Sharp is the founder of The Albert
Einstein Institution which conducts research and analysis into nonviolent
activism, and also exchanges information with activists and governments
worldwide — training activists on how to use nonviolent methods for political
ends, and showing governments how to use the power of popular nonviolent
resistance to supplement or replace conventional military homeland defense.
One Richard Parker did
some interesting back-of-the-envelope calculations
. He took the $87 billion that Dubya
announced he’d be asking us to pay to clean up after the adventure in Iraq,
added to that the $55 billion extra that members of his administration suggest
he forgot to mention. “On a whim,” Parker writes, “I investigated whether $142
billion (87 + 55) is sufficient funds to buy enough gold to pave the highways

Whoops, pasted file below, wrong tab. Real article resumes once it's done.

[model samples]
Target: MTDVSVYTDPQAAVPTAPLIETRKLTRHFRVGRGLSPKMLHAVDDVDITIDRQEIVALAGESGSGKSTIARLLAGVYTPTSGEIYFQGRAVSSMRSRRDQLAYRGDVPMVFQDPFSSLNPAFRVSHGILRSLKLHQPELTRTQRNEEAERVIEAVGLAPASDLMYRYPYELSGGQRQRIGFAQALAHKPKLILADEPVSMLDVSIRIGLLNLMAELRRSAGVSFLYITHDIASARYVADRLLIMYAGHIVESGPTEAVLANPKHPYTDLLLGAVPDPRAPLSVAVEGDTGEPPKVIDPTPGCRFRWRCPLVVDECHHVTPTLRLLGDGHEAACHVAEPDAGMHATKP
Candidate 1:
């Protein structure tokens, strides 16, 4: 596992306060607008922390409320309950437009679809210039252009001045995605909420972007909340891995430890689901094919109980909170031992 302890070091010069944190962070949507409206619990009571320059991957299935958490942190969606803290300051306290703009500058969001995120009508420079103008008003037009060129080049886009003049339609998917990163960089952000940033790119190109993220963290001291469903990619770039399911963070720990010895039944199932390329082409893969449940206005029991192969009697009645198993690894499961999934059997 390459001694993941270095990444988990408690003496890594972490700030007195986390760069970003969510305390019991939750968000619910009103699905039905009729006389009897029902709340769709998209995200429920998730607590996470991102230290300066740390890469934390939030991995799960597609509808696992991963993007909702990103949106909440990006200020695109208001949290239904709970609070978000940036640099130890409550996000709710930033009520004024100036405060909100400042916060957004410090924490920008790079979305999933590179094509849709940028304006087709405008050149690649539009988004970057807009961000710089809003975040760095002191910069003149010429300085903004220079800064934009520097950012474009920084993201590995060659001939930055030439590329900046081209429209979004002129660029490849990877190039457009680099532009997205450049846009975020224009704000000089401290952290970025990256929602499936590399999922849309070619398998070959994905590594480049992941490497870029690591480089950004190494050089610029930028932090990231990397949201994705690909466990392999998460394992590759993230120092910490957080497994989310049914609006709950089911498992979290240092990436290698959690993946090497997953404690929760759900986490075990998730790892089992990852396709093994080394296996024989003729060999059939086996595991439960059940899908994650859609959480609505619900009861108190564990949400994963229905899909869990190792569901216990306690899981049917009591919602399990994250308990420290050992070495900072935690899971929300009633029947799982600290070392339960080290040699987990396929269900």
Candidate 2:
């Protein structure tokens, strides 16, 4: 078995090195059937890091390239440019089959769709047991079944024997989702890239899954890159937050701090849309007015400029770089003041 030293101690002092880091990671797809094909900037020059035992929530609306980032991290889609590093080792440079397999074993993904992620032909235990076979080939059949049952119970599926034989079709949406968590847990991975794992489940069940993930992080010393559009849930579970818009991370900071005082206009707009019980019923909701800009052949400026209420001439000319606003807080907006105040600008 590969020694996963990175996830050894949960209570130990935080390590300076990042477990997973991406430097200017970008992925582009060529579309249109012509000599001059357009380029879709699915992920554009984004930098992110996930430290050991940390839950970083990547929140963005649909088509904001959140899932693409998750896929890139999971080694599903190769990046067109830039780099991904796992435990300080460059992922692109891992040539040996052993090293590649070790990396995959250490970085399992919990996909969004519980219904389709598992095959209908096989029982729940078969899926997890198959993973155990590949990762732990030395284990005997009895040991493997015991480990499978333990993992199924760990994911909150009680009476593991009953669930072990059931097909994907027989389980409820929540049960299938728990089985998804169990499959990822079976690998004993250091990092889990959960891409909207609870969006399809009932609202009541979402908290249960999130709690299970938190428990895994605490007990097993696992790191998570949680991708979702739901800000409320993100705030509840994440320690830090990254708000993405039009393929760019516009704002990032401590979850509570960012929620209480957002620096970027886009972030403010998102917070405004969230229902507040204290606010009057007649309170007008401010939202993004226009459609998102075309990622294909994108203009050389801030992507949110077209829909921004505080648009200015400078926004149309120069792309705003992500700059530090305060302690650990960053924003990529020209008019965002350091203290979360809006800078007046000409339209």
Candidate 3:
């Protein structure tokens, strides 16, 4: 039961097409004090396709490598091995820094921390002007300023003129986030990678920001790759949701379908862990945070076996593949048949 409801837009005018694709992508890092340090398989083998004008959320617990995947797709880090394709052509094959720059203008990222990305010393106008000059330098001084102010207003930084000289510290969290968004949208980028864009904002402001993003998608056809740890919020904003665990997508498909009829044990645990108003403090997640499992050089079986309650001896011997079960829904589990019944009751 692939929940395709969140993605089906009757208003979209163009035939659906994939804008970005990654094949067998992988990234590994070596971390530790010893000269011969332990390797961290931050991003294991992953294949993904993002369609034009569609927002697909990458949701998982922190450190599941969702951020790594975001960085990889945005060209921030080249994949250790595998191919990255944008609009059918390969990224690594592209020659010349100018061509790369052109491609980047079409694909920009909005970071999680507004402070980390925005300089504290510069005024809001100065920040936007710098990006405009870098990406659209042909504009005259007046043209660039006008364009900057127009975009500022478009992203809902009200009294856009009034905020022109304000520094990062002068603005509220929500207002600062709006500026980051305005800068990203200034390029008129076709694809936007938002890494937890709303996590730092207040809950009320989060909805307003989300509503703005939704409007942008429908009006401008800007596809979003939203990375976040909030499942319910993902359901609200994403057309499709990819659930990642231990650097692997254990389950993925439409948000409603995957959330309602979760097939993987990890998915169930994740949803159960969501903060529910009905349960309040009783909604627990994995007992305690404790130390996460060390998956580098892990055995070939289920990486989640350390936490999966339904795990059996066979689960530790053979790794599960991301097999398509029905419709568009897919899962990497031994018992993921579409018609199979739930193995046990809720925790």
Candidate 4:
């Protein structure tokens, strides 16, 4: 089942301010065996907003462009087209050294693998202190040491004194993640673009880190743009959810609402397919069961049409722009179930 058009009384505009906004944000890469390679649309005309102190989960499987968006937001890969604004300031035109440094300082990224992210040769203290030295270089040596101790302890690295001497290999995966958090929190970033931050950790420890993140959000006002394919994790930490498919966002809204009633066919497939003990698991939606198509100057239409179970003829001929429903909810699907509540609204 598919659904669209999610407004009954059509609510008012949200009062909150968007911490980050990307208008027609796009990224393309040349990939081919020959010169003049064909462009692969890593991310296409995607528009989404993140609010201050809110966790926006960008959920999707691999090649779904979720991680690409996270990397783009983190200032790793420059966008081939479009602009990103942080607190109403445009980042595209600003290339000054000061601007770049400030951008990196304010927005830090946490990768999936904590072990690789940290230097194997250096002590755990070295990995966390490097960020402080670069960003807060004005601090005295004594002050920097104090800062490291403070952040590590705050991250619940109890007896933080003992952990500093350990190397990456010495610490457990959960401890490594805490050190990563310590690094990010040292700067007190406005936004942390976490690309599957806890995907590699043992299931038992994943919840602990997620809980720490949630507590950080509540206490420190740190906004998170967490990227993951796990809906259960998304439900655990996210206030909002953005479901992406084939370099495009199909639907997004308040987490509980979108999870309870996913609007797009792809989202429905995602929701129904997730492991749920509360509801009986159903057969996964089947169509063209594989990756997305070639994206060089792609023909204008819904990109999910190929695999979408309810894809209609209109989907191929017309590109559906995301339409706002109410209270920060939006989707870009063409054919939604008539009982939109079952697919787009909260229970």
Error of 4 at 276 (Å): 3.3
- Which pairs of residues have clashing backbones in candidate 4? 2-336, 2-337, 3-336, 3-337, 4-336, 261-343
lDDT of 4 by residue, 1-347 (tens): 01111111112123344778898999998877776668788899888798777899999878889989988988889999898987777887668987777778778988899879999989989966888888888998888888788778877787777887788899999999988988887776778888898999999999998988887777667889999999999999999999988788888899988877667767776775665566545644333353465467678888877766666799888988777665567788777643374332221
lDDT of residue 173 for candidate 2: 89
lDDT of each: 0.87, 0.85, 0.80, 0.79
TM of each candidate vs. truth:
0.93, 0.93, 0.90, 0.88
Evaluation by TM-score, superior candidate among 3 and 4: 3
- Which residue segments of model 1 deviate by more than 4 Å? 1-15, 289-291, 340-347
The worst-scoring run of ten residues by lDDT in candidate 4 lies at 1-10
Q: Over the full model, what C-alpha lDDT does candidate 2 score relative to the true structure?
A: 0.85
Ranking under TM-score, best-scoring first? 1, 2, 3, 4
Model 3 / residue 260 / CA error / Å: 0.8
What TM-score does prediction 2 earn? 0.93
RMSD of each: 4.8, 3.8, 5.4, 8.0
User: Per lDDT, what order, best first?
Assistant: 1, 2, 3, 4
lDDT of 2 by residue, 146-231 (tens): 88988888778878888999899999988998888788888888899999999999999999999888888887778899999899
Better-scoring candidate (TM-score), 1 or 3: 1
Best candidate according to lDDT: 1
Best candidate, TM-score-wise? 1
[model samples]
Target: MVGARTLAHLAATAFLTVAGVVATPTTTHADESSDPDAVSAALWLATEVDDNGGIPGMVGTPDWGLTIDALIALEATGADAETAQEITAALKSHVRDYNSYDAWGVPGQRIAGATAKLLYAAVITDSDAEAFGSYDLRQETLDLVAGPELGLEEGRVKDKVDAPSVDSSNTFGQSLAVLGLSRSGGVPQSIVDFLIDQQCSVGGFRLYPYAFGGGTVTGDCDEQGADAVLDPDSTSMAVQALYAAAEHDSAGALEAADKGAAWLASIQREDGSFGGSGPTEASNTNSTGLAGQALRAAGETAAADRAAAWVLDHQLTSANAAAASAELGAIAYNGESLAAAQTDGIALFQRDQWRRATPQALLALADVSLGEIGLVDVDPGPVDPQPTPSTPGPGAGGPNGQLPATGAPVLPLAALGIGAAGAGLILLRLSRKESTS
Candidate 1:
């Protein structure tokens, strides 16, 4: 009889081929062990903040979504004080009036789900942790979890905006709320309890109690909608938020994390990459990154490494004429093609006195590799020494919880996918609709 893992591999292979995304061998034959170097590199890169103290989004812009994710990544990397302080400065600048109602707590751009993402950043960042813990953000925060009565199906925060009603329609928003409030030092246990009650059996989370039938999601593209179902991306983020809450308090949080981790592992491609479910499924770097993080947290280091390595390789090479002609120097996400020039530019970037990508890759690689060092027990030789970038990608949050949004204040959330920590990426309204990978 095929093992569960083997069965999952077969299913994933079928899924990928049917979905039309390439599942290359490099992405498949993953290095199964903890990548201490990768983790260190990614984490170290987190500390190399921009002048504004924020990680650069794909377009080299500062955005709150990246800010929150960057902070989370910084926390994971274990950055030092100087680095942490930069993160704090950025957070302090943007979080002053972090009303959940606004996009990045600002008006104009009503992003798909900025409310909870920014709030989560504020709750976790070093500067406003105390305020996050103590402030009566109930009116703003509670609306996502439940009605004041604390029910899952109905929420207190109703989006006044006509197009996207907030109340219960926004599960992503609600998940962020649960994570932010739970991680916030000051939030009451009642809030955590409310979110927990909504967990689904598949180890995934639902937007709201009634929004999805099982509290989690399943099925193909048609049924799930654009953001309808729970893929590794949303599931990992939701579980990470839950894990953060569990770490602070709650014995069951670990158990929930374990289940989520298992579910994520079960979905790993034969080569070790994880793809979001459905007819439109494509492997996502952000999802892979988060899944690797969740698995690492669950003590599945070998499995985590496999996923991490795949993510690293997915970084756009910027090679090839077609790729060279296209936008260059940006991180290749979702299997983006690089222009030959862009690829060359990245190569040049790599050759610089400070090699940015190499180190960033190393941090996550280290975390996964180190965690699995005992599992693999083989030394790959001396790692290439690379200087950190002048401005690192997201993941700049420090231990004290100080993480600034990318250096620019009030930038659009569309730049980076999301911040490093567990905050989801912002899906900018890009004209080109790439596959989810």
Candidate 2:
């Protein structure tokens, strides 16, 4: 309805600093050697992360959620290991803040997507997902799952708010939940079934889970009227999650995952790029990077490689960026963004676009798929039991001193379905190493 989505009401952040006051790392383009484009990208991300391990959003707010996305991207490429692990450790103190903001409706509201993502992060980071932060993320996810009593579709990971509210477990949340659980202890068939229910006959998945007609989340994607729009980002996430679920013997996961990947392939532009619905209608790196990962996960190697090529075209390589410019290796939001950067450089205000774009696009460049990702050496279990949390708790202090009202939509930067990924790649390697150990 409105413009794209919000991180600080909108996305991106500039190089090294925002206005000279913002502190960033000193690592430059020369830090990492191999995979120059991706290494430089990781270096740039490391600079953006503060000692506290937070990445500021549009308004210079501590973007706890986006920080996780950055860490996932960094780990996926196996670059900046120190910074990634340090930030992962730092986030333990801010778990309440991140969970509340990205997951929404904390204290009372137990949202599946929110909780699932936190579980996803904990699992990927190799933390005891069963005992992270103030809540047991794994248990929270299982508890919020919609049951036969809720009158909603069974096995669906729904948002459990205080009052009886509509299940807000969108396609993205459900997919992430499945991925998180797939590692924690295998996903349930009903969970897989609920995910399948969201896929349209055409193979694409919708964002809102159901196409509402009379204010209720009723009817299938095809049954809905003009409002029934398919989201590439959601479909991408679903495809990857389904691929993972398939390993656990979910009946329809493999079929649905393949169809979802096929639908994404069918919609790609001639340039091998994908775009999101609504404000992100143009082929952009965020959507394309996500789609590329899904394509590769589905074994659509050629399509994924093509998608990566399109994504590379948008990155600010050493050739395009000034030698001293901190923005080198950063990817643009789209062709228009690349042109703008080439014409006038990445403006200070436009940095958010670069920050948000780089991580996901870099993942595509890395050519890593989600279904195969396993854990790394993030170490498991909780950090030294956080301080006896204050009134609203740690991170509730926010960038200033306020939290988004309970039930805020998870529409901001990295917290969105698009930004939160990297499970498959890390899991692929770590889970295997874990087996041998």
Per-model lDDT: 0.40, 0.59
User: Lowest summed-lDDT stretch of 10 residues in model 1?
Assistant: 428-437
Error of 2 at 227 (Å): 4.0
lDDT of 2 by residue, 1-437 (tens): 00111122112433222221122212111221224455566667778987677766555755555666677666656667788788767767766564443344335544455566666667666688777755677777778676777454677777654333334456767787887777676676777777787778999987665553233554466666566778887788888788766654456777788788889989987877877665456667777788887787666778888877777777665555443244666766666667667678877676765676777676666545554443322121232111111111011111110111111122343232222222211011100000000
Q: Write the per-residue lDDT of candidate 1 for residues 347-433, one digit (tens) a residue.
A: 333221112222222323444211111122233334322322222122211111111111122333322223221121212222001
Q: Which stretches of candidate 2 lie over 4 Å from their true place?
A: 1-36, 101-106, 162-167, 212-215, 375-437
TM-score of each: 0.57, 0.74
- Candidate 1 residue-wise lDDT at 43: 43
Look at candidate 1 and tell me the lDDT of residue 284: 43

He notes that at today’s prices gold costs about $12 per gram, and that there
are about 330,000 “lane kilometers” of interstate highways, with each of these
lanes being in the neighborhood of 3.6 meters wide. “According to
labeling requirements,” Parker notes,
“24kt gold plating must be at
least 0.5 microns thick to be called ‘gold plate.’” By his calculations, the
interstate highway system could be gold-plated with $142 billion in gold at
today’s price, with 10,000 “lane kilometers” worth of gold left over to pave a
few extra roads in important congressional districts.
This begs the question, of course, of whether this would be as much of a
delight and consolation to our nation’s drivers as the slump in gas prices
that is anticipated when Iraqi oil starts hitting the market in quantity.
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